condescension toward Latin America over so many years, and the
violation of women over the years. The wound festers in so many
ways. Repentance seems essential to such healing. We are
dealing, I believe, with the soul of America, not just political
of July! And consider this: just maybe ...
It's time for a Declaration of Independence from Israel
Chris Hedges, the former New York Times Mideast bureau
chief, warns that America’s foreign policy, particularly under
the Bush administration, has been subverted by an aggressive and
dangerous Israeli agenda that could launch a nightmarish
Hedges, who graduated from Harvard Divinity School, is the
author of American Fascists: The Christian Right and the War
Read this on TruthDig.com >>
... or on CommonDreams >>
medical aid for Cuba detained at Canadian border
IFCO/Pastors for Peace Action
Homeland Security officials have "detained" medical
supplies destined for Cuba at Maine/Québec border, despite
earlier successful crossings today with five tons of medical aid
collected by Canadians for Cuba.
How to Destroy an African-American City in Thirty Three Steps
Lessons from Katrina
Bill Quigley, a
human rights lawyer and law professor at Loyola University New
Orleans, has laid out in a powerful way some of the things made
New Orleans such a disaster – after Katrina and still today. He
adds that "Every fact in this list actually happened and
continues to happen in New Orleans after Katrina."
This was published on June 28, 2007, by
For items from earlier in
All postings from
Our coverage of the 2006 General
Assembly is indexed on a special page.
For links to earlier archive pages,
ratified (or not) by the presbyteries
A number of the most important actions of the 219th
General Assembly are now being sent to the presbyteries for their
action, to confirm or reject them as amendments to the PC(USA) Book
We're providing resources to help inform the
reflection and debate, along with updates on the voting.
Our three areas of primary interest are:
which would remove the current ban on
lesbian/gay/bisexual/transgender persons being considered as
possible candidates for ordination as elder or ministers.|
which would add the Belhar Confession to our Book of
10-1, which would adopt the new Form of Government
that was approved by the Assembly. |
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Some blogs worth visiting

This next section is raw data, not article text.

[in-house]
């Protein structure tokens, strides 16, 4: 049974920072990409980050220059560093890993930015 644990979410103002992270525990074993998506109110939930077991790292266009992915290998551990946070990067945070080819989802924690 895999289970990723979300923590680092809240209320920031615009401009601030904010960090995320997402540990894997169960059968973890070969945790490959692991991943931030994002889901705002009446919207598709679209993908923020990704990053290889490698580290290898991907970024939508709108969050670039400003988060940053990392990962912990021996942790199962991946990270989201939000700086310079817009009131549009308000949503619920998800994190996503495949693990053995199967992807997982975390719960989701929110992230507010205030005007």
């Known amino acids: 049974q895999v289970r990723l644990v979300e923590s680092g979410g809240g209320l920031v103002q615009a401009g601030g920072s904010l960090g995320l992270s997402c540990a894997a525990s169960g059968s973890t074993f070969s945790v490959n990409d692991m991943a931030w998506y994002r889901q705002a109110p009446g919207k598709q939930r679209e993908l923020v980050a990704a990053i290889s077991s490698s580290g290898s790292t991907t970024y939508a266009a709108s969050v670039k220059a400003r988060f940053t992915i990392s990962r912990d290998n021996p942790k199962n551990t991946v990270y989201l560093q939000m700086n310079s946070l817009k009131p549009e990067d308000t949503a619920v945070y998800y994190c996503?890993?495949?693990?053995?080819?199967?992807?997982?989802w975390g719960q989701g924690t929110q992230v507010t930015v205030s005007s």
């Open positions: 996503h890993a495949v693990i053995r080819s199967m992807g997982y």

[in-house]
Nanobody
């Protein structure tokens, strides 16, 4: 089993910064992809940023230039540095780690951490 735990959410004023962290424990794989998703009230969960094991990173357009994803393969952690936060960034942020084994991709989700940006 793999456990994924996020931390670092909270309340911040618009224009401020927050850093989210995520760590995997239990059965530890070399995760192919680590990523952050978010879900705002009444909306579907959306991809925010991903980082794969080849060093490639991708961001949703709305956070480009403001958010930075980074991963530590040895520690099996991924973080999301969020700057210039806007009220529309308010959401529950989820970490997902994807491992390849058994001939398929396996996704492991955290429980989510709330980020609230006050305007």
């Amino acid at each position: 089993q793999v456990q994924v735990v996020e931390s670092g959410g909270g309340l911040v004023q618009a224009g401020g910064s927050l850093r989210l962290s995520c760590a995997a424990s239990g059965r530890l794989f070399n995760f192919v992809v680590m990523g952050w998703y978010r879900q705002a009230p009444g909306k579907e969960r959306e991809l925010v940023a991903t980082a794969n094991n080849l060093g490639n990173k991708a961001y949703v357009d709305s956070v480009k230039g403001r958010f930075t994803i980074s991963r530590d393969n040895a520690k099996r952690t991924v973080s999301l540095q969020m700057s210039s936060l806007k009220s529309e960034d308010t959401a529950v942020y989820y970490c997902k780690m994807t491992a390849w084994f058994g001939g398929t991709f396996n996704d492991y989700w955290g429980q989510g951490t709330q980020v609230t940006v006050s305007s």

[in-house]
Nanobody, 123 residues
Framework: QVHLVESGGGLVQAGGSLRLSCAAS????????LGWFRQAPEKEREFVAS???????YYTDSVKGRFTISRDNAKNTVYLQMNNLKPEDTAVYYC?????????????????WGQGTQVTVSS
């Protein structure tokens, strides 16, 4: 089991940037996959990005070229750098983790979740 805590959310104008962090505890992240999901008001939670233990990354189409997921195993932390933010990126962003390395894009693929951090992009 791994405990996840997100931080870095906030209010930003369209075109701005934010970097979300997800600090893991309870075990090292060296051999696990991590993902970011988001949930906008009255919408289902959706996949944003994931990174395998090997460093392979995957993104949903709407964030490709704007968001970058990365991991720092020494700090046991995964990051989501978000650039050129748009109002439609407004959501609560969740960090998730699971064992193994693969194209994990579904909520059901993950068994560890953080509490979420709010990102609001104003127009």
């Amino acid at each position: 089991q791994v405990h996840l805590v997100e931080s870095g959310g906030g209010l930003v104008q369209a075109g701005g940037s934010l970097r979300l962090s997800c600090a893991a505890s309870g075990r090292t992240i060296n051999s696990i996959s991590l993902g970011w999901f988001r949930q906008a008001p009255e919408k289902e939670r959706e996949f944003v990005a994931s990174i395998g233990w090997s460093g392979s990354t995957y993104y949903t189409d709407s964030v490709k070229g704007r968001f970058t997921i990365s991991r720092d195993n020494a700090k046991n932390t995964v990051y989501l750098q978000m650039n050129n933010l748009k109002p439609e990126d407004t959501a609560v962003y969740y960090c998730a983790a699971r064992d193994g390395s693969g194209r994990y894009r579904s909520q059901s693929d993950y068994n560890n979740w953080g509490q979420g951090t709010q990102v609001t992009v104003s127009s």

Mitch Trigger, PVJ's
Secretary/Communicator, has created a Facebook page where
Witherspoon members and others can gather to exchange news and
views. Mitch and a few others have posted bits of news, both
personal and organizational. But there’s room for more!
You can post your own news and views,
or initiate a conversation about a topic of interest to you.
Voices of Sophia blog
Heather Reichgott, who has created
this new blog for Voices of Sophia, introduces it:
After fifteen years of scholarship
and activism, Voices of Sophia presents a blog. Here, we present the
voices of feminist theologians of all stripes: scholars, clergy,
students, exiles, missionaries, workers, thinkers, artists, lovers
and devotees, from many parts of the world, all children of the God
in whose image women are made. .... This blog seeks to glorify God
through prayer, work, art, and intellectual reflection. Through
articles and ensuing discussion we hope to become an active and
John Harris’ Summit to
Theological and philosophical
reflections on everything between summit to shore, including
kayaking, climbing, religion, spirituality, philosophy, theology,
politics, culture, travel, The Presbyterian Church (U.S.A.), New
York City and the Queens neighborhood of Ridgewood by a progressive
New York City Presbyterian Pastor. John is a former member of the
Witherspoon board, and is designated pastor of North Presbyterian
Church in Flushing, NY.
John Shuck’s Shuck and Jive
A Presbyterian minister, currently
serving as pastor of First Presbyterian Church of Elizabethton,
Tenn., blogs about spirituality, culture, religion (both organized
and disorganized), life, evolution, literature, Jesus, and
Got more blogs to recommend?
send a note, and we'll see what we can do!